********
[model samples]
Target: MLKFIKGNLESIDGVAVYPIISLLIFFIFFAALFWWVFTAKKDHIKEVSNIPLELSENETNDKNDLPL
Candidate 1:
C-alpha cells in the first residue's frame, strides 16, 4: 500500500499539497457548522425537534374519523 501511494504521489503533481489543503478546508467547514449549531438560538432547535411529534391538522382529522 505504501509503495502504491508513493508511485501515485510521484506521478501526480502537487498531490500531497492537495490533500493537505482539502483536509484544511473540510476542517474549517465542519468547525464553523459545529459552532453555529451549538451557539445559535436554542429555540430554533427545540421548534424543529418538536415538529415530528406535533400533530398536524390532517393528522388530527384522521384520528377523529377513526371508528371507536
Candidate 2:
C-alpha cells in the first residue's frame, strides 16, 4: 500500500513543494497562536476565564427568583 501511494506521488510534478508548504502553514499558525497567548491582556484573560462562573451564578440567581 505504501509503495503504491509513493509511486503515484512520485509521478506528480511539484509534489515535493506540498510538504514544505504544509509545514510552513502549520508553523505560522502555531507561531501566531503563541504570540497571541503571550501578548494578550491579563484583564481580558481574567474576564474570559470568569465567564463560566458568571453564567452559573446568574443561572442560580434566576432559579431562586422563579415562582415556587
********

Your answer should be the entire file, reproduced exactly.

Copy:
[model samples]
Target: MLKFIKGNLESIDGVAVYPIISLLIFFIFFAALFWWVFTAKKDHIKEVSNIPLELSENETNDKNDLPL
Candidate 1:
C-alpha cells in the first residue's frame, strides 16, 4: 500500500499539497457548522425537534374519523 501511494504521489503533481489543503478546508467547514449549531438560538432547535411529534391538522382529522 505504501509503495502504491508513493508511485501515485510521484506521478501526480502537487498531490500531497492537495490533500493537505482539502483536509484544511473540510476542517474549517465542519468547525464553523459545529459552532453555529451549538451557539445559535436554542429555540430554533427545540421548534424543529418538536415538529415530528406535533400533530398536524390532517393528522388530527384522521384520528377523529377513526371508528371507536
Candidate 2:
C-alpha cells in the first residue's frame, strides 16, 4: 500500500513543494497562536476565564427568583 501511494506521488510534478508548504502553514499558525497567548491582556484573560462562573451564578440567581 505504501509503495503504491509513493509511486503515484512520485509521478506528480511539484509534489515535493506540498510538504514544505504544509509545514510552513502549520508553523505560522502555531507561531501566531503563541504570540497571541503571550501578548494578550491579563484583564481580558481574567474576564474570559470568569465567564463560566458568571453564567452559573446568574443561572442560580434566576432559579431562586422563579415562582415556587